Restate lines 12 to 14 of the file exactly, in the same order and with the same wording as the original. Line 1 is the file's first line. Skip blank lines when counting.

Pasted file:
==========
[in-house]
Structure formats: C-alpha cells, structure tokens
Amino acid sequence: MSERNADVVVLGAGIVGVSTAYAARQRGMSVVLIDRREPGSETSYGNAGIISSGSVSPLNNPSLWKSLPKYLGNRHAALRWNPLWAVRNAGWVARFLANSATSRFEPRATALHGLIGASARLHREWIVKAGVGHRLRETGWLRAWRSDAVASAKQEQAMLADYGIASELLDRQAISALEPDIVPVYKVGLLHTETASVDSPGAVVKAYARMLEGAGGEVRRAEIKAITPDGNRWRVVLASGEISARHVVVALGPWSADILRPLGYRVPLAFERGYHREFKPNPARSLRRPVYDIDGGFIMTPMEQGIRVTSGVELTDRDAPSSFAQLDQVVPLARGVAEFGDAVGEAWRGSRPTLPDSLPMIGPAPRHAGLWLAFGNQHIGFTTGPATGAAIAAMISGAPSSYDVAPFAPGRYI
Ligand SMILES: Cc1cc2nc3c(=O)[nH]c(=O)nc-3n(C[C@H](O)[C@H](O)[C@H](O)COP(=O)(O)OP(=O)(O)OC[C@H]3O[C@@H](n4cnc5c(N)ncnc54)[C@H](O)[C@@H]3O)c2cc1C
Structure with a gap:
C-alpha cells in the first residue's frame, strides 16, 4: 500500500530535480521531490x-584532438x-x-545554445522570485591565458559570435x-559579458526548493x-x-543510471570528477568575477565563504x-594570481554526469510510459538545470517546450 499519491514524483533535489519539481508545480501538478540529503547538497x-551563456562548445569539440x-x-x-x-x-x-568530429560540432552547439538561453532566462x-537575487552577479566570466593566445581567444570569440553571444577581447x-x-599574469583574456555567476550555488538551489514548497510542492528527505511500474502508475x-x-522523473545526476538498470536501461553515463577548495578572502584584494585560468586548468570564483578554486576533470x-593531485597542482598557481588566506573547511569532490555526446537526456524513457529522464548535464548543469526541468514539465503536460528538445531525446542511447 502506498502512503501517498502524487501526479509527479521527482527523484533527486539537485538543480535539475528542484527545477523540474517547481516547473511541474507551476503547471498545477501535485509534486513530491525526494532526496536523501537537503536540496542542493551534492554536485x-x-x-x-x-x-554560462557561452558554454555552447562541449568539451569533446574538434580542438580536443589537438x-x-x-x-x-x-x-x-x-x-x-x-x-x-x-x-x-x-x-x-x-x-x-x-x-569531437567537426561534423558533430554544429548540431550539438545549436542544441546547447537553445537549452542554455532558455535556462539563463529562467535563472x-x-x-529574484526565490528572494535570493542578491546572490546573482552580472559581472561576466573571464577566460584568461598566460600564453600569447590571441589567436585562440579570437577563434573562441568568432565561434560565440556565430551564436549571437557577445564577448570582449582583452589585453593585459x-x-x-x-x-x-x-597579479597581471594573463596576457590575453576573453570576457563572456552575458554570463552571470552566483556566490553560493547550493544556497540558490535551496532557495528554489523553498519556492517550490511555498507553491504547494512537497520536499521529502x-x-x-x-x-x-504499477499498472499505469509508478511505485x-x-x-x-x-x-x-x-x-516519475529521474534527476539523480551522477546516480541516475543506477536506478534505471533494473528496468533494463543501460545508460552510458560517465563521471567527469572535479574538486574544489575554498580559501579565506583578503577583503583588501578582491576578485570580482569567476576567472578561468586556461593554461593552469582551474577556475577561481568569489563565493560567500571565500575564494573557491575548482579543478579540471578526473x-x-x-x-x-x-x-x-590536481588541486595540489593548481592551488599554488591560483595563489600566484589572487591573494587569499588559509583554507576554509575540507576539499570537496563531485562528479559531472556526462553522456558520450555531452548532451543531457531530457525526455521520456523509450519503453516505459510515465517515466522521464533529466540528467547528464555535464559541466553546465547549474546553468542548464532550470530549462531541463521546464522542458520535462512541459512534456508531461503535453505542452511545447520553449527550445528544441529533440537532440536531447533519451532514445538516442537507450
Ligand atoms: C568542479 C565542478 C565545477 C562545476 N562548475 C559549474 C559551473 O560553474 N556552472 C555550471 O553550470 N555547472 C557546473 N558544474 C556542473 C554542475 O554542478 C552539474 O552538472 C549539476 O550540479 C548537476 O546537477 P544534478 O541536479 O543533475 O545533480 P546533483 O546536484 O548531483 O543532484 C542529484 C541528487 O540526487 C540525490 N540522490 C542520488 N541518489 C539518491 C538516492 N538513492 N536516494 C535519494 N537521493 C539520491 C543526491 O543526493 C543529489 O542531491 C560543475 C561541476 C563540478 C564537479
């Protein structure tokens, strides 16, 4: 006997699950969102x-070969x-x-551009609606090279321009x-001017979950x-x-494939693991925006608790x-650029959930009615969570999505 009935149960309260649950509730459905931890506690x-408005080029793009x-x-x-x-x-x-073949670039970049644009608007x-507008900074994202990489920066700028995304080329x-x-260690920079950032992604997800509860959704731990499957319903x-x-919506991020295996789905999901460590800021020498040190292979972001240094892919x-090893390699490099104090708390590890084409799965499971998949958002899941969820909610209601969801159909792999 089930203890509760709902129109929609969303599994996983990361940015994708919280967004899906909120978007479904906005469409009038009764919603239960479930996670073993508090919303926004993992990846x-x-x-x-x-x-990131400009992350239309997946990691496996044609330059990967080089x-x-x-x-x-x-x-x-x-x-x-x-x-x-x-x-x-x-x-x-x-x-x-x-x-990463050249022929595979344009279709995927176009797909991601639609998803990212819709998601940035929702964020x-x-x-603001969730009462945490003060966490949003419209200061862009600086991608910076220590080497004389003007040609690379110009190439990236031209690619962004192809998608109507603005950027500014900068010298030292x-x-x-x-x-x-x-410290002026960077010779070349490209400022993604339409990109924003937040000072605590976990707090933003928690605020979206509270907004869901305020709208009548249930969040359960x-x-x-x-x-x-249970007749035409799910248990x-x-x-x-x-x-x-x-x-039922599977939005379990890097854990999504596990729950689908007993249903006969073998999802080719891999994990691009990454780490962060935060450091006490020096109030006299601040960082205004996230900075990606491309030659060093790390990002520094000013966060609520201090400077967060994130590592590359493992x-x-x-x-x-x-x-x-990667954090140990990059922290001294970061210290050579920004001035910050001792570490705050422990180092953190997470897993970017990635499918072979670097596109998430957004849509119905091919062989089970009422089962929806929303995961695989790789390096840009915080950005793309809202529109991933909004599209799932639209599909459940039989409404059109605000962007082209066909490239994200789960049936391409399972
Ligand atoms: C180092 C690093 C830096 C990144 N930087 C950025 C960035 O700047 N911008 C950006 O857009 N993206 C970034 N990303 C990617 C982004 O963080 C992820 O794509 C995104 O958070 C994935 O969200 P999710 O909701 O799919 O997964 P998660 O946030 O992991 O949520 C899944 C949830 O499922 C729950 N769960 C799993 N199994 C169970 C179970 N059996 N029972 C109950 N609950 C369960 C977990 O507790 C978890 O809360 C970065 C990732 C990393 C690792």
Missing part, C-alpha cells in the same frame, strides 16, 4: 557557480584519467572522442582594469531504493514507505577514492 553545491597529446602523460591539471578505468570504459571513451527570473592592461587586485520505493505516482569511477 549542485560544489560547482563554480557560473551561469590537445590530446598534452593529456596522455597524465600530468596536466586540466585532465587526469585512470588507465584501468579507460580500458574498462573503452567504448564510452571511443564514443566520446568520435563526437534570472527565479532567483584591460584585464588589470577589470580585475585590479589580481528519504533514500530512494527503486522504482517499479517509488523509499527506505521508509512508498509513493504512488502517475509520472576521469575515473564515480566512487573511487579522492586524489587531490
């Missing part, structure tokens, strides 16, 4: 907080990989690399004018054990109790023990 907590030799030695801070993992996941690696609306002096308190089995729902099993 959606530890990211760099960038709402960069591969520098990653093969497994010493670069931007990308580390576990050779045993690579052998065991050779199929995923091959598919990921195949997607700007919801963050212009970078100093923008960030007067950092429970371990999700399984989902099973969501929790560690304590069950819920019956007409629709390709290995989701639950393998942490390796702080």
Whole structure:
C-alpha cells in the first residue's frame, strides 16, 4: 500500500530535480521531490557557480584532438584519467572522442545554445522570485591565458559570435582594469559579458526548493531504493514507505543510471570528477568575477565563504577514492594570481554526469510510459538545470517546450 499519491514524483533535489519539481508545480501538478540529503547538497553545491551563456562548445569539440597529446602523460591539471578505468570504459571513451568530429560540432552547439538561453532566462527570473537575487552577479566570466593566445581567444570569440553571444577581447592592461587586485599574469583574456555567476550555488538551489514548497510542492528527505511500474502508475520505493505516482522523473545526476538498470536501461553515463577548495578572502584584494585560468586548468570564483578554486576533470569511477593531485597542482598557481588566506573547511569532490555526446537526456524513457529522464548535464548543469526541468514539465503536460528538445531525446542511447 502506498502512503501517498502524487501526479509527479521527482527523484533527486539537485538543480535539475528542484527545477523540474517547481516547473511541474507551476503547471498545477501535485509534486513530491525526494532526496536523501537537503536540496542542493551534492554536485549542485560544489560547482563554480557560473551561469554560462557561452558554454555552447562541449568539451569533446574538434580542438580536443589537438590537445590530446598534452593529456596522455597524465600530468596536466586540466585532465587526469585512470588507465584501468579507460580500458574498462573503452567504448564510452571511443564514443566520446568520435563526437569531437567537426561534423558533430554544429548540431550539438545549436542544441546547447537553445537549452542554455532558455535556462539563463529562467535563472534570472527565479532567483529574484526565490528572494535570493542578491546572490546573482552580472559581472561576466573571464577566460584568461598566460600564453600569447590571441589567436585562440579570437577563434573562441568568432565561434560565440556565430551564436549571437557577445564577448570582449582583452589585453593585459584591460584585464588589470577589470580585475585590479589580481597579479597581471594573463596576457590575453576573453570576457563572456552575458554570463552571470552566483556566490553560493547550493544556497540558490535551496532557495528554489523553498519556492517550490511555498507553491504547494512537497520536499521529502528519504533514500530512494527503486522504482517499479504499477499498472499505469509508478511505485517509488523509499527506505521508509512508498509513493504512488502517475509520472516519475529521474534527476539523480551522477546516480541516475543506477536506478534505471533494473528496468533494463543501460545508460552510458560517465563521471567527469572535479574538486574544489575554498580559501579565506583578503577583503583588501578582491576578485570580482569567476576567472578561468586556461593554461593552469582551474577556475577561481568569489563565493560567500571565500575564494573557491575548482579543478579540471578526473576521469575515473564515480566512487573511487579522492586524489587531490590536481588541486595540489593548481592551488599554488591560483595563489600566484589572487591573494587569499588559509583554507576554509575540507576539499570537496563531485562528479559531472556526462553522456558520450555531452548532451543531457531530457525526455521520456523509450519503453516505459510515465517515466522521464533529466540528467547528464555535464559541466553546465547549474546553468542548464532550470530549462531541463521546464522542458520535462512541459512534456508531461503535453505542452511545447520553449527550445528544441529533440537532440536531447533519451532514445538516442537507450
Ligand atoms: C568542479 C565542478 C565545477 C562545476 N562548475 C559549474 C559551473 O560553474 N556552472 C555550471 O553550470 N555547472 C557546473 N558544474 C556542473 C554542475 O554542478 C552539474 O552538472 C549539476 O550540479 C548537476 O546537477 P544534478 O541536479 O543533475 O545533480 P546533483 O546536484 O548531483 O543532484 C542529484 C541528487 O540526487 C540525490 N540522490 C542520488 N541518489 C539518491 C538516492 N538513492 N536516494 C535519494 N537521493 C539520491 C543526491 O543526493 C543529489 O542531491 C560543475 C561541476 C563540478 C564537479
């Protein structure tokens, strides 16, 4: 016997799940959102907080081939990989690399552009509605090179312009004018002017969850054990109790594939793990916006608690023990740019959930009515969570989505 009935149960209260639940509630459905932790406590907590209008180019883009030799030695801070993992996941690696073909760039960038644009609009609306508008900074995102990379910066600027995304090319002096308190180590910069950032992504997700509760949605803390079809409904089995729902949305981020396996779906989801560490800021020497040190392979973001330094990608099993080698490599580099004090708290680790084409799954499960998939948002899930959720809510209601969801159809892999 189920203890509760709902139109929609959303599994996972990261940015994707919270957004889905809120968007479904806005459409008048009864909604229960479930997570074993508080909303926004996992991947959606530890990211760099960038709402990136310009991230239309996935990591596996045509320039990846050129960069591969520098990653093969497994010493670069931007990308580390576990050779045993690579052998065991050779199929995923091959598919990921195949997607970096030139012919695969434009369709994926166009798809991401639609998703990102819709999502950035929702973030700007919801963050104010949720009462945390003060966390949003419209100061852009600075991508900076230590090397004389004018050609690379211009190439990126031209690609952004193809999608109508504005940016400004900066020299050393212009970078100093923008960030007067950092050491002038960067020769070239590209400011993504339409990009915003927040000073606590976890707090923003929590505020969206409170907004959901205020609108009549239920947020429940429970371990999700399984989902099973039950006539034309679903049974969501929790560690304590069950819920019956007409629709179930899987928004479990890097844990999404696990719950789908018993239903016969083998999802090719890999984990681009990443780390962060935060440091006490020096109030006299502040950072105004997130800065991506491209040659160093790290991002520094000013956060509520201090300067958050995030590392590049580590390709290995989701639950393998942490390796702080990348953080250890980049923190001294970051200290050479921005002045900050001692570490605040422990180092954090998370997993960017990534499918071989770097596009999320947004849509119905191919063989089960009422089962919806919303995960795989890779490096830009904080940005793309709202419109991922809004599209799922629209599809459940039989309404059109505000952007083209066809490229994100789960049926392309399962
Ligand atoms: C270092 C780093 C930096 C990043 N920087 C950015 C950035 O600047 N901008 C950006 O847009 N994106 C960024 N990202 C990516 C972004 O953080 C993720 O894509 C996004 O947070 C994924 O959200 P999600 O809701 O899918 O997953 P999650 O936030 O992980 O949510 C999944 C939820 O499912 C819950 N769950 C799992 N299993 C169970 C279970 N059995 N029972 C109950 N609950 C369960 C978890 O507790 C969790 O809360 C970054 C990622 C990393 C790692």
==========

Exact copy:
Whole structure:
C-alpha cells in the first residue's frame, strides 16, 4: 500500500530535480521531490557557480584532438584519467572522442545554445522570485591565458559570435582594469559579458526548493531504493514507505543510471570528477568575477565563504577514492594570481554526469510510459538545470517546450 499519491514524483533535489519539481508545480501538478540529503547538497553545491551563456562548445569539440597529446602523460591539471578505468570504459571513451568530429560540432552547439538561453532566462527570473537575487552577479566570466593566445581567444570569440553571444577581447592592461587586485599574469583574456555567476550555488538551489514548497510542492528527505511500474502508475520505493505516482522523473545526476538498470536501461553515463577548495578572502584584494585560468586548468570564483578554486576533470569511477593531485597542482598557481588566506573547511569532490555526446537526456524513457529522464548535464548543469526541468514539465503536460528538445531525446542511447 502506498502512503501517498502524487501526479509527479521527482527523484533527486539537485538543480535539475528542484527545477523540474517547481516547473511541474507551476503547471498545477501535485509534486513530491525526494532526496536523501537537503536540496542542493551534492554536485549542485560544489560547482563554480557560473551561469554560462557561452558554454555552447562541449568539451569533446574538434580542438580536443589537438590537445590530446598534452593529456596522455597524465600530468596536466586540466585532465587526469585512470588507465584501468579507460580500458574498462573503452567504448564510452571511443564514443566520446568520435563526437569531437567537426561534423558533430554544429548540431550539438545549436542544441546547447537553445537549452542554455532558455535556462539563463529562467535563472534570472527565479532567483529574484526565490528572494535570493542578491546572490546573482552580472559581472561576466573571464577566460584568461598566460600564453600569447590571441589567436585562440579570437577563434573562441568568432565561434560565440556565430551564436549571437557577445564577448570582449582583452589585453593585459584591460584585464588589470577589470580585475585590479589580481597579479597581471594573463596576457590575453576573453570576457563572456552575458554570463552571470552566483556566490553560493547550493544556497540558490535551496532557495528554489523553498519556492517550490511555498507553491504547494512537497520536499521529502528519504533514500530512494527503486522504482517499479504499477499498472499505469509508478511505485517509488523509499527506505521508509512508498509513493504512488502517475509520472516519475529521474534527476539523480551522477546516480541516475543506477536506478534505471533494473528496468533494463543501460545508460552510458560517465563521471567527469572535479574538486574544489575554498580559501579565506583578503577583503583588501578582491576578485570580482569567476576567472578561468586556461593554461593552469582551474577556475577561481568569489563565493560567500571565500575564494573557491575548482579543478579540471578526473576521469575515473564515480566512487573511487579522492586524489587531490590536481588541486595540489593548481592551488599554488591560483595563489600566484589572487591573494587569499588559509583554507576554509575540507576539499570537496563531485562528479559531472556526462553522456558520450555531452548532451543531457531530457525526455521520456523509450519503453516505459510515465517515466522521464533529466540528467547528464555535464559541466553546465547549474546553468542548464532550470530549462531541463521546464522542458520535462512541459512534456508531461503535453505542452511545447520553449527550445528544441529533440537532440536531447533519451532514445538516442537507450
Ligand atoms: C568542479 C565542478 C565545477 C562545476 N562548475 C559549474 C559551473 O560553474 N556552472 C555550471 O553550470 N555547472 C557546473 N558544474 C556542473 C554542475 O554542478 C552539474 O552538472 C549539476 O550540479 C548537476 O546537477 P544534478 O541536479 O543533475 O545533480 P546533483 O546536484 O548531483 O543532484 C542529484 C541528487 O540526487 C540525490 N540522490 C542520488 N541518489 C539518491 C538516492 N538513492 N536516494 C535519494 N537521493 C539520491 C543526491 O543526493 C543529489 O542531491 C560543475 C561541476 C563540478 C564537479